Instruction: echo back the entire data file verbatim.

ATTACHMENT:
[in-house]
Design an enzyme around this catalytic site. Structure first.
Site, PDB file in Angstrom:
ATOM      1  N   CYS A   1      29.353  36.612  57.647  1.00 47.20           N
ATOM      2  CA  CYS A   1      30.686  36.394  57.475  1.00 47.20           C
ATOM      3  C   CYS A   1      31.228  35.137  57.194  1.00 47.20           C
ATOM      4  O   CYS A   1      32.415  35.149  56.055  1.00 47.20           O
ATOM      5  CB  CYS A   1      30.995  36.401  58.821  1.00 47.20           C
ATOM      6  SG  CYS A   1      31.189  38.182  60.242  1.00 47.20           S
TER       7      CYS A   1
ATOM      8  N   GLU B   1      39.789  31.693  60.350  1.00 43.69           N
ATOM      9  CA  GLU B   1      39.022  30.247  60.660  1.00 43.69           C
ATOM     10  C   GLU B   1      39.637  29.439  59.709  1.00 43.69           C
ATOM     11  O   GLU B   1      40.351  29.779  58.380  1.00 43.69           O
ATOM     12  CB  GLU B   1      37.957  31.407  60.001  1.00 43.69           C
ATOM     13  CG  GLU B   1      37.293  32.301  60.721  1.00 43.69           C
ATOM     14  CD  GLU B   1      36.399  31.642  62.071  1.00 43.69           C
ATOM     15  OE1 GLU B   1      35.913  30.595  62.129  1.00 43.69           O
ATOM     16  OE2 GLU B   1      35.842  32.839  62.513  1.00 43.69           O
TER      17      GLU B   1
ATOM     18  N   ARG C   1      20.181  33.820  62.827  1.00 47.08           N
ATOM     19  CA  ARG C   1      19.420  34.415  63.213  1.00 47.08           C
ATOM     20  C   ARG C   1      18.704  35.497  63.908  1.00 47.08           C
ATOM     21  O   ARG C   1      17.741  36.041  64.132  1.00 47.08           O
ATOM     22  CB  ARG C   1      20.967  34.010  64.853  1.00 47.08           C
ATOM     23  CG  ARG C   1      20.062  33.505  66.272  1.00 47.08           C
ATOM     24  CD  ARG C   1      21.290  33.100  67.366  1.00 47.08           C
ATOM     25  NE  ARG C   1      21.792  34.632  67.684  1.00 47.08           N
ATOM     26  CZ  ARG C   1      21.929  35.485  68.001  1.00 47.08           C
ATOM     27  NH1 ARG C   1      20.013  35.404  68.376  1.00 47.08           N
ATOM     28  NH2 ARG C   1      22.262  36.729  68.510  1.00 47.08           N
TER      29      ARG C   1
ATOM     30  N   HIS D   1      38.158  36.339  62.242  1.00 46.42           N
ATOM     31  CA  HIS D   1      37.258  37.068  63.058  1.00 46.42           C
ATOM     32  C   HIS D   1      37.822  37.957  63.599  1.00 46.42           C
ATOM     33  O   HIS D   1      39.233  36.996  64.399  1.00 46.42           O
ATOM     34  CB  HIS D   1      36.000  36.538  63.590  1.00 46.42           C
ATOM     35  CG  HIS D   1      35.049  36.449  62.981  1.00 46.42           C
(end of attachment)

[in-house]
Design an enzyme around this catalytic site. Structure first.
Site, PDB file in Angstrom:
ATOM      1  N   CYS A   1      29.353  36.612  57.647  1.00 47.20           N
ATOM      2  CA  CYS A   1      30.686  36.394  57.475  1.00 47.20           C
ATOM      3  C   CYS A   1      31.228  35.137  57.194  1.00 47.20           C
ATOM      4  O   CYS A   1      32.415  35.149  56.055  1.00 47.20           O
ATOM      5  CB  CYS A   1      30.995  36.401  58.821  1.00 47.20           C
ATOM      6  SG  CYS A   1      31.189  38.182  60.242  1.00 47.20           S
TER       7      CYS A   1
ATOM      8  N   GLU B   1      39.789  31.693  60.350  1.00 43.69           N
ATOM      9  CA  GLU B   1      39.022  30.247  60.660  1.00 43.69           C
ATOM     10  C   GLU B   1      39.637  29.439  59.709  1.00 43.69           C
ATOM     11  O   GLU B   1      40.351  29.779  58.380  1.00 43.69           O
ATOM     12  CB  GLU B   1      37.957  31.407  60.001  1.00 43.69           C
ATOM     13  CG  GLU B   1      37.293  32.301  60.721  1.00 43.69           C
ATOM     14  CD  GLU B   1      36.399  31.642  62.071  1.00 43.69           C
ATOM     15  OE1 GLU B   1      35.913  30.595  62.129  1.00 43.69           O
ATOM     16  OE2 GLU B   1      35.842  32.839  62.513  1.00 43.69           O
TER      17      GLU B   1
ATOM     18  N   ARG C   1      20.181  33.820  62.827  1.00 47.08           N
ATOM     19  CA  ARG C   1      19.420  34.415  63.213  1.00 47.08           C
ATOM     20  C   ARG C   1      18.704  35.497  63.908  1.00 47.08           C
ATOM     21  O   ARG C   1      17.741  36.041  64.132  1.00 47.08           O
ATOM     22  CB  ARG C   1      20.967  34.010  64.853  1.00 47.08           C
ATOM     23  CG  ARG C   1      20.062  33.505  66.272  1.00 47.08           C
ATOM     24  CD  ARG C   1      21.290  33.100  67.366  1.00 47.08           C
ATOM     25  NE  ARG C   1      21.792  34.632  67.684  1.00 47.08           N
ATOM     26  CZ  ARG C   1      21.929  35.485  68.001  1.00 47.08           C
ATOM     27  NH1 ARG C   1      20.013  35.404  68.376  1.00 47.08           N
ATOM     28  NH2 ARG C   1      22.262  36.729  68.510  1.00 47.08           N
TER      29      ARG C   1
ATOM     30  N   HIS D   1      38.158  36.339  62.242  1.00 46.42           N
ATOM     31  CA  HIS D   1      37.258  37.068  63.058  1.00 46.42           C
ATOM     32  C   HIS D   1      37.822  37.957  63.599  1.00 46.42           C
ATOM     33  O   HIS D   1      39.233  36.996  64.399  1.00 46.42           O
ATOM     34  CB  HIS D   1      36.000  36.538  63.590  1.00 46.42           C
ATOM     35  CG  HIS D   1      35.049  36.449  62.981  1.00 46.42           C